A Civil War general for the Union, perhaps best known for "Sherman's march to the sea" and his controversial "scorched earth" policy.

Conflict Period:
Civil War (Union) 1
Army 1
Major General 1
08 Feb 1820 1
08 Feb 1920 1
Lancaster Ohio 1
14 Feb 1891 1
New York City 1

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Personal Details

08 Feb 1820 2
08 Feb 1920 3
Lancaster Ohio 3
Male 3
14 Feb 1891 3
New York City 3
Burial Date: 21 Feb 1891 3
Burial Place: Calvary Cemetery, St Louis MO 3
Mother: Mary Hoyt Sherman 3
Father: Charles Robert Sherman 3
Eleanor ("Ellen") Boyle Ewing 2
1850 2
Washington DC 2

Civil War (Union) 1

Army 1
Major General 1
Service Start Date:
1861 1
Service End Date:
1884 1

Civil War (Union) 2

Army 2
Colonel, Brigadier General, Major general 2
Service Start Date:
1861 2
Service End Date:
1884 2

Other Service 2

Army 2
2nd Lieutenant, Captain 2
Service Start Date:
1840 2
Service End Date:
1853 2
Employer: Louisiana State Seminary of Learning & Military Academy 4
Position: Superintendent 4
Place: Pineville, Louisiana 4
Start Date: 1859 4
End Date: 1861 4
Employer: Lucas, Turner & Co (bank) 4
Position: Manager 4
Place: San Francisco, California 4
Start Date: 1853 4
End Date: 1857 4
Employer: U.S. Army 2
Position: Lieutenant General, General of the Army of the United States 2
Start Date: 1865 2
End Date: 1883 2
Employer: Union Army 2
Position: Colonel, Brigadier General, Major General 2
Start Date: 1861 2
End Date: 1865 2
Employer: U.S. Army 2
Position: 2nd Lieutenant, Captain 2
Start Date: 1840 2
End Date: 1853 2
Institution: United States Military Academy 5
Place: West Point, New York 5
From: 1836 5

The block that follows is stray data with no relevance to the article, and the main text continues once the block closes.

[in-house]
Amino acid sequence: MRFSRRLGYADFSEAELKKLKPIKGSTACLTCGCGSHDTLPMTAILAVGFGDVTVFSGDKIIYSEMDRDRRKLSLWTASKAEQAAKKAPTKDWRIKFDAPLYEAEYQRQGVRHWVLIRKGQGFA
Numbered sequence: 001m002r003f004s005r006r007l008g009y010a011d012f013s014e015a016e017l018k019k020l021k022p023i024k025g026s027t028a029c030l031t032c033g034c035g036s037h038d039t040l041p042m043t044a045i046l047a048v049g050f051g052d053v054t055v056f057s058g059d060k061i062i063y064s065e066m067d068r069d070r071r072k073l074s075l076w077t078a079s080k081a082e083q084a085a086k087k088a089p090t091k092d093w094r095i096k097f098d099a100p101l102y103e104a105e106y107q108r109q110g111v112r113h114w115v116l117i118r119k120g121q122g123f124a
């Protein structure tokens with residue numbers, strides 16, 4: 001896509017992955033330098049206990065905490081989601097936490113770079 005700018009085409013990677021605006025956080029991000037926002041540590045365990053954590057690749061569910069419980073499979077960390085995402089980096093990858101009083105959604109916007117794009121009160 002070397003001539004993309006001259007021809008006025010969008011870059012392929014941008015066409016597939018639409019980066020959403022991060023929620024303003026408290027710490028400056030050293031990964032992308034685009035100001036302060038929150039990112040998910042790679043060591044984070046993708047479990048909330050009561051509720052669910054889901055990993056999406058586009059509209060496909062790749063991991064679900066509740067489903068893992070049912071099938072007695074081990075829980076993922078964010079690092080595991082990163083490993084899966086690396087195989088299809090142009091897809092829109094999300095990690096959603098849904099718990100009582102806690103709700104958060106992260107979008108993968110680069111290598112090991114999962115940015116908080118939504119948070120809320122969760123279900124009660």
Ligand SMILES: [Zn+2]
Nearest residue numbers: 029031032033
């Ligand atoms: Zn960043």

To: 1840 5
Battle of Collierville TN:
October 11, 1863 6
General of the Army of the United States:
1869 2
Atlanta Campaign:
May 7, 1864 to September 2, 1864 2
Battle of Shiloh:
31 Dec 1969 2
Carolinas Campaign:
January 1865 to April 1865 2
Chattanooga Campaign:
October 1863 to November 1863 2
First Battle of Bull Run:
21 Jul 1861 2
Jackson Expedition:
July 1863 2
Meridian Campaign:
31 Dec 1969 2
Savannah Campaign (March to the Sea):
November 15, 1864 to December 21, 1864 2
Vicksburg Campaign:
December 26, 1862 to July 4, 1863 2

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Memorial to General Sherman in DC.

Washington, D.C.

Upon the death of General Sherman, the Union veterans of the Army of Tennessee published a booklet about General Sherman's career to raise money for a memorial.  His memorial is the largest Civil War related monument in Washington, D.C.  It is located in the park just East of the South Lawn of the White House.  

The Memorial is topped by an acquestrian statue of General Sherman.  Bias reliefs on the side depict his corps commanders.  On one side is a list of all of Sherman's ranks he attained during his career and the other side is a list of all of his commands.  Four military figures stand watch around the base of the memorial.  All of his battles are set in stone around the base.

Sherman and Johnston